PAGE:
There is shown in FIG. 1A a block diagram of a dual input AC/DC power converter 10 having dual programmable DC voltage outputs in accordance with the present invention. Preferably, the dual input AC/DC power converter 10 comprises a power converter circuit 20 having an AC-to-DC converter 22, a DC-to-DC booster converter 24, a feedback circuit 26, a filter circuit 25 and a DC-to-DC buck converter 28. The power converter circuit 20 is seen housed in housing 13 and advantageously provides a first programmable DC output voltage at DC output terminal 16 and a second programmable DC output voltage at terminal 18. Both of these DC output voltages may be generated as a function of both AC and DC input voltages.

In operation, the AC-to-DC converter 22 receives an AC signal via input terminal 12 and provides a regulated DC output voltage at node N1. Similarly, the DC-to-DC booster converter 24 may receive a DC input voltage at its input via input terminal 14 and may also provide a regulated DC output voltage at node N1.

Input terminals 12 and 14 are integrated into a single common connector 17 such that different power cords adapted to receive input power from different sources are received by the common connector 17. For instance, DC power from an airplane or car power source are wired to couple to input 14 and AC source is wired to couple to input 12. In a selected embodiment, the AC-to-DC converter 22 is adapted to generate a DC output voltage of between 15VDC and 24VDC in response to an AC input voltage at terminal 12 ranging between 90VAC and 265VAC. Likewise, the DC-to-DC booster converter 24 is adapted to provide a DC output voltage which is substantially similar to that of converter 22, but which is generated in response to a DC input voltage supplied at input terminal 14. Preferably, DC-to-DC booster converter 24 is adapted to receive a voltage in the range of between 11VDC and 16VDC. Advantageously, AC-to-DC conversion, via AC-to-DC converter 22, allows users of the power converter 10 to power high-power mobile devices, such as a laptop computer wherever AC input power is available, such as in the home or office, for example. Conversely, the DC-to-DC booster converter 24 of the power converter 10 is capable of powering similar high-power devices by stepping up most low amplitude DC input signals, such as those found in automobile and/or airplane environments.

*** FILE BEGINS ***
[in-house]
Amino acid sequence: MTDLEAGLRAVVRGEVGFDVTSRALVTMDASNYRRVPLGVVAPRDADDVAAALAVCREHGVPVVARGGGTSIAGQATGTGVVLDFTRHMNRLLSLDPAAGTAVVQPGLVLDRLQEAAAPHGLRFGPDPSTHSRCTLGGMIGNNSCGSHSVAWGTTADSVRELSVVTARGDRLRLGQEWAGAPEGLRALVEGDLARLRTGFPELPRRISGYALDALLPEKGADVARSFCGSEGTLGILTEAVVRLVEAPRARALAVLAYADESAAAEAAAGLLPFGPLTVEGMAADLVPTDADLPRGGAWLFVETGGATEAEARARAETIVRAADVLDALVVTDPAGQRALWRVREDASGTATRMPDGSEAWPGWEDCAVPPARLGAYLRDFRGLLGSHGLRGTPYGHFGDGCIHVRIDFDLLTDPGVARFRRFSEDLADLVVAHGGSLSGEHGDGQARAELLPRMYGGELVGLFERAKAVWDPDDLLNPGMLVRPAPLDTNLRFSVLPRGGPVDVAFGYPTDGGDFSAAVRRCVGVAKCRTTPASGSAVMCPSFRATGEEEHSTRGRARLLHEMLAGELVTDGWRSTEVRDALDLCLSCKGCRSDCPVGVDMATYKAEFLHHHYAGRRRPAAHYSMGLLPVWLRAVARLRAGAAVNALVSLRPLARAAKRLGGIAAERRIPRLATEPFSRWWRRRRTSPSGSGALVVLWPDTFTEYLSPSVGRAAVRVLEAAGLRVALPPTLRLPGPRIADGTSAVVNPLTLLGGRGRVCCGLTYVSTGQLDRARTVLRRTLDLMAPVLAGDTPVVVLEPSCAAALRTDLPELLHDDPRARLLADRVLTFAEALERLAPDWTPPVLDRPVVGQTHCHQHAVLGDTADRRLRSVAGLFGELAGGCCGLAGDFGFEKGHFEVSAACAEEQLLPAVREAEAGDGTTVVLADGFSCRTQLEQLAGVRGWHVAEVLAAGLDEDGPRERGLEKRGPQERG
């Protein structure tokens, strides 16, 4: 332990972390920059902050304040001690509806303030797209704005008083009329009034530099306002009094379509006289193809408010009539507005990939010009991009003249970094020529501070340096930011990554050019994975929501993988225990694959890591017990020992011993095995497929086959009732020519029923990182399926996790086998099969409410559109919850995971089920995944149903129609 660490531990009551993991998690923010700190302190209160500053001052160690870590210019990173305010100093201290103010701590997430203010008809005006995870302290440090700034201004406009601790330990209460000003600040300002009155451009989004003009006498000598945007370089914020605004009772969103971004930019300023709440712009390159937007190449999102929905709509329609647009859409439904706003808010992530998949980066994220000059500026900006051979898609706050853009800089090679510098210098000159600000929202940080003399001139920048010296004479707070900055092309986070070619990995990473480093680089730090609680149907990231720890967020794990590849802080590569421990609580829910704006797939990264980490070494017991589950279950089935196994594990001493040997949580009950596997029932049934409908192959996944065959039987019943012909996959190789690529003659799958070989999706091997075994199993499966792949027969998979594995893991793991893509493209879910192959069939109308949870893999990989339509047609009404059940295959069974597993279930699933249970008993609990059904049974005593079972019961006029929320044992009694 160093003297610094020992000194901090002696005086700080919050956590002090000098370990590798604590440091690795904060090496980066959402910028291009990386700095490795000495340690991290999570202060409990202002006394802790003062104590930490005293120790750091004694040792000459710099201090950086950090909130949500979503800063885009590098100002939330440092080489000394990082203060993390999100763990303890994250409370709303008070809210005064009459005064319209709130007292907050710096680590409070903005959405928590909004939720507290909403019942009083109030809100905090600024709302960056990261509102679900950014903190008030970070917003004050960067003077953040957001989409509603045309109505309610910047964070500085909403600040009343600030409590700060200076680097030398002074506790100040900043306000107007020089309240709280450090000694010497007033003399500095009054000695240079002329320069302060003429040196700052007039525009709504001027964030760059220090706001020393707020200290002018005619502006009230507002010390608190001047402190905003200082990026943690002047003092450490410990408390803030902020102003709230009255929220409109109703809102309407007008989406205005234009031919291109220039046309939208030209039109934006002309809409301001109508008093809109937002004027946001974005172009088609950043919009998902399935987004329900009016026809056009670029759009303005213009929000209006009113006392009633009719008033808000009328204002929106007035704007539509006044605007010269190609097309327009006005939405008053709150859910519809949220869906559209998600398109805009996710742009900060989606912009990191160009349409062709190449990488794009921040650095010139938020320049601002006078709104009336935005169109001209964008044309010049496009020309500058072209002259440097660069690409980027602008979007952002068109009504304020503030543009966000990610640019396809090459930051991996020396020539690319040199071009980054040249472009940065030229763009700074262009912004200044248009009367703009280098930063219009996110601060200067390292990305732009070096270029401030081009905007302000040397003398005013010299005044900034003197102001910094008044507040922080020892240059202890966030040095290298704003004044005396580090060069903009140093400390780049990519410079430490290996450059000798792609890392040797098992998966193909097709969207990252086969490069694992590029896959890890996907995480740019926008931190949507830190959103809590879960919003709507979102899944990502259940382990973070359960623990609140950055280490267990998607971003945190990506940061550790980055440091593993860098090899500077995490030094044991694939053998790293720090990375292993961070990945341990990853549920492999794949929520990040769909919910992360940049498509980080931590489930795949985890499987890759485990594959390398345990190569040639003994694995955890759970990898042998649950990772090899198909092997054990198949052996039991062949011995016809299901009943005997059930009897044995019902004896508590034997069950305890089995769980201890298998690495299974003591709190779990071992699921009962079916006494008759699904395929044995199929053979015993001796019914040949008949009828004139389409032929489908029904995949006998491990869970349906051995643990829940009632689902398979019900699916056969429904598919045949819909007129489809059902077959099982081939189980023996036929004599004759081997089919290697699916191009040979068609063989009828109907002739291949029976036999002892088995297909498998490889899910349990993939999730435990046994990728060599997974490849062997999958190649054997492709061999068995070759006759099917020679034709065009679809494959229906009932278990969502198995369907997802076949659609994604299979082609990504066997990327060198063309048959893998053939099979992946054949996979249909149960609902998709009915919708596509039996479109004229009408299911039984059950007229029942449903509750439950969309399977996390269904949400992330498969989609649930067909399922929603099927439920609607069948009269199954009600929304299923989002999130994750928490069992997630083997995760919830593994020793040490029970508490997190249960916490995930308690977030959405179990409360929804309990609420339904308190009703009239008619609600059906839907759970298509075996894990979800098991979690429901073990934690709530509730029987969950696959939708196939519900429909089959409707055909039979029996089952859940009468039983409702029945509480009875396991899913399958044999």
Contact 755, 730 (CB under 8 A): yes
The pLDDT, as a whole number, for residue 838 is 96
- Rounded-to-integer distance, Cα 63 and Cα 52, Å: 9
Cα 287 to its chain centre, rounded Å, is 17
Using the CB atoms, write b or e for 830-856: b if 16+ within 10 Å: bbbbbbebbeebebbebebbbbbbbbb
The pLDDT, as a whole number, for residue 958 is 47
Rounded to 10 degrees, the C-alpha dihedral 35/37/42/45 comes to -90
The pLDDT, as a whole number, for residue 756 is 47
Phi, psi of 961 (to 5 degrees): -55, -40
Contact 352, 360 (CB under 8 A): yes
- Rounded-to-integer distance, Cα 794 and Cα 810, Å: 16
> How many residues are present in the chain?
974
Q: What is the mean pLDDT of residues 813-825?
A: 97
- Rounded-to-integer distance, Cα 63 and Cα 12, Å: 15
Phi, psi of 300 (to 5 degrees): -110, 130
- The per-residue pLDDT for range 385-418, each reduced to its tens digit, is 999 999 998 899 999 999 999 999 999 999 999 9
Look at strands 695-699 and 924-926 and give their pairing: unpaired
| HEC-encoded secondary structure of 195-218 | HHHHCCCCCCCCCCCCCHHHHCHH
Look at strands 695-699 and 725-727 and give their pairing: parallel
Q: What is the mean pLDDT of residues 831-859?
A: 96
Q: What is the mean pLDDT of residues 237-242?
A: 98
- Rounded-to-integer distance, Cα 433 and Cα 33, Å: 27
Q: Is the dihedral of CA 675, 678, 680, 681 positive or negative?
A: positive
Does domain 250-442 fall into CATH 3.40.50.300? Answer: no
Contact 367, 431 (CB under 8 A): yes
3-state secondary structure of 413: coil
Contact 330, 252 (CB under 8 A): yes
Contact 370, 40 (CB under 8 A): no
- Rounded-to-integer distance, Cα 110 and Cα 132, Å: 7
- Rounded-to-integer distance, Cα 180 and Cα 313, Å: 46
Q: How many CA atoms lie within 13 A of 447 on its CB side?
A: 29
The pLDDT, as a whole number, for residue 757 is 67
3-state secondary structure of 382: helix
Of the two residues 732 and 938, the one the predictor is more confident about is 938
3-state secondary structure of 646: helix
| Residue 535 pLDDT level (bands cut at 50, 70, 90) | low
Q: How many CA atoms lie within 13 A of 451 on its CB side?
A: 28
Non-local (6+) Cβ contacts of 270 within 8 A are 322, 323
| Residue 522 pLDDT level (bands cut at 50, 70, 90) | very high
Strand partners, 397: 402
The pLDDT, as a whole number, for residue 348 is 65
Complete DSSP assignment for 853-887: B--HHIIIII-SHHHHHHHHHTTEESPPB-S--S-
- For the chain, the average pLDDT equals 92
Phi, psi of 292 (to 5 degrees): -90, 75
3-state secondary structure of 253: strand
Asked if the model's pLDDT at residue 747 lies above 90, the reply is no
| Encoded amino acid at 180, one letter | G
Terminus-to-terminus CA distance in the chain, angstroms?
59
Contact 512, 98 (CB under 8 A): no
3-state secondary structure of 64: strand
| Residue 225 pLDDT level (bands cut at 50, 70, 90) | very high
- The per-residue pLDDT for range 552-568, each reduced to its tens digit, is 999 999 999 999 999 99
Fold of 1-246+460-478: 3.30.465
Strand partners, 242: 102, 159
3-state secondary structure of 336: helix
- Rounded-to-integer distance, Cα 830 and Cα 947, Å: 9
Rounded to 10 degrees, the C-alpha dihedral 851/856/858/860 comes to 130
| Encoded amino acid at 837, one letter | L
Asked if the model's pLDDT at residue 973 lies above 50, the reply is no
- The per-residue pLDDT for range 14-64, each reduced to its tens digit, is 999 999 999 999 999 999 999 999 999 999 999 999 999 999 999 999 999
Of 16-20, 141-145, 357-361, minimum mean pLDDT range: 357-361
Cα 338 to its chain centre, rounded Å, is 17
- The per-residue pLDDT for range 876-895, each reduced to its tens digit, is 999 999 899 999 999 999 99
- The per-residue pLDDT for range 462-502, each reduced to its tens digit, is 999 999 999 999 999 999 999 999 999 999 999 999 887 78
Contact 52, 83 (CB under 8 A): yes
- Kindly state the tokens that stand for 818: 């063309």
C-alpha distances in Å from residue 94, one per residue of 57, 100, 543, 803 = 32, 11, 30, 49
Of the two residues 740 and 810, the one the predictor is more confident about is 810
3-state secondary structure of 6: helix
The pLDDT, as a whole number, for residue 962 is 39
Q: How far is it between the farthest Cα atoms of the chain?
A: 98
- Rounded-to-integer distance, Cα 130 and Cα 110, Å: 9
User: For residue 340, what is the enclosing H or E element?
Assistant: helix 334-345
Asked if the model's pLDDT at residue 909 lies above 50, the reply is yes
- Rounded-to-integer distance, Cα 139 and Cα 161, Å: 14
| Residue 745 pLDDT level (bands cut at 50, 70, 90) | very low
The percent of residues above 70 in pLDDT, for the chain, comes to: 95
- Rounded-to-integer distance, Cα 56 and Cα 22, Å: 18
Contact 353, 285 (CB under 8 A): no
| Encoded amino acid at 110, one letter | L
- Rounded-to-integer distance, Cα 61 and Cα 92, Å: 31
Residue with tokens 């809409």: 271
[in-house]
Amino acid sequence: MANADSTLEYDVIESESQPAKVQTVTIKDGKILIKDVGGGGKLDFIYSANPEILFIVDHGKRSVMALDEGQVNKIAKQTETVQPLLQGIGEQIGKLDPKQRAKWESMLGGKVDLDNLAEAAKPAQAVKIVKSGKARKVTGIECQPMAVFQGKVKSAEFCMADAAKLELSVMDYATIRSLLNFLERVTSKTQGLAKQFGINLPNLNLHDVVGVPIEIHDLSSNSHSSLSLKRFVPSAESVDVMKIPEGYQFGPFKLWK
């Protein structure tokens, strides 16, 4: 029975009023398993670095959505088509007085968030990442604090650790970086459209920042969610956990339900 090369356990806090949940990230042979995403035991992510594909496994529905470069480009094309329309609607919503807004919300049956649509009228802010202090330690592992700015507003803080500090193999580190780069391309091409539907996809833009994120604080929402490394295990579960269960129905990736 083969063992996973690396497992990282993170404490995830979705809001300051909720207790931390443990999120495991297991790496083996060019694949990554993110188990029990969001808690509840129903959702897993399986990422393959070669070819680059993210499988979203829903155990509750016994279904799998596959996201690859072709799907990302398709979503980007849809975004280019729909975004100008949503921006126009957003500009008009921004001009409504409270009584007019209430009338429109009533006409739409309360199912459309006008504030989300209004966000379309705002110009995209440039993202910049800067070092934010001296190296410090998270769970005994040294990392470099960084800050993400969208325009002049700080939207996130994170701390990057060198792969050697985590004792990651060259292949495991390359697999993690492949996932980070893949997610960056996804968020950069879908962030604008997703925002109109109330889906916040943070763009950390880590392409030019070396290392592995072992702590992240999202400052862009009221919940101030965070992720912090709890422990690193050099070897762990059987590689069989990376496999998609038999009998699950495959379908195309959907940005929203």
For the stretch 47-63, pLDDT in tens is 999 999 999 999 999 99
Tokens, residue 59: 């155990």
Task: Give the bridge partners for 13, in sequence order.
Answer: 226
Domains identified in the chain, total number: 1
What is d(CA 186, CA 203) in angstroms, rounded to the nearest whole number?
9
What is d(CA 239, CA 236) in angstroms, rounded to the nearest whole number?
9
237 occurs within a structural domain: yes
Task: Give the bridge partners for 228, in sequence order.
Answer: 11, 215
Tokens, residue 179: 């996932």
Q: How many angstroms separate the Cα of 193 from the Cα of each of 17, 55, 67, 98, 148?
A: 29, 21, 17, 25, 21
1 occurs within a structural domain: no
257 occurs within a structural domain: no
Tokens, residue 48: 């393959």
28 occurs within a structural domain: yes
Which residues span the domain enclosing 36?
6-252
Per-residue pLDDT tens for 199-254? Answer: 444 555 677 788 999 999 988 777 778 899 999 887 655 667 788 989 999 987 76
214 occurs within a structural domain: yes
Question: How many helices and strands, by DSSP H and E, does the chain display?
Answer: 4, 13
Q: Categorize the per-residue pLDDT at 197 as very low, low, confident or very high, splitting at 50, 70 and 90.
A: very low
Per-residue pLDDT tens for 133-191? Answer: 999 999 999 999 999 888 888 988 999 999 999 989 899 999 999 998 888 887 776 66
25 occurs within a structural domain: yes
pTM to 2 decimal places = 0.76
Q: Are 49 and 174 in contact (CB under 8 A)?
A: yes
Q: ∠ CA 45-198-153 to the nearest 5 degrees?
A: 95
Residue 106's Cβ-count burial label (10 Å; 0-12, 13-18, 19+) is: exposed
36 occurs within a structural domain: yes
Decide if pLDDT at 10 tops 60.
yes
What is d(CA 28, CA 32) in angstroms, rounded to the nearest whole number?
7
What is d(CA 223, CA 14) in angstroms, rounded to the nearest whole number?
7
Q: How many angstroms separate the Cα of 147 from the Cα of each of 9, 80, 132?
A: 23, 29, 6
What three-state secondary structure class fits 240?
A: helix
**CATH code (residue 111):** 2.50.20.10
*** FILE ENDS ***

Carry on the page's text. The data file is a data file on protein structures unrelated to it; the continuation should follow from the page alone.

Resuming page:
As shown, filter circuit 25 has its input tied to the respective outputs of the converter 22 and 24. In a preferred embodiment, the filter circuit is adapted to provide a filtered DC output voltage at second node N2, which, thereafter, feeds output terminal 16, at an output power of 75 watts, for example.

The single feedback circuit 26 is shown coupled to the output of filter circuit 25 at node N2. In a preferred embodiment, the feedback circuit 26, through a single feedback loop, regulates the voltage level of the filtered DC output voltages generated by both converters 22 and 24. Additionally, the feedback circuit 26 is adapted to receive a removable programming module that allows mobile device users to provide a selectable DC output voltage at output 16 via node N2. The programming module comprises a key 15 including an electrical component, such as a voltage programming resistor R53 shown in FIG. 2B, wherein different associated values of the resistor R53 establish different associated DC output voltages at output 16. By allowing users to selectively change the voltage level of the filtered DC output voltage, the power converter 10 may be adapted to power a variety of different mobile electronic devices, having different associated power requirements. Moreover, the power converter's 10 programming module 15 may also be adapted to provide the additional function of output current limiting, such as Resistor R54.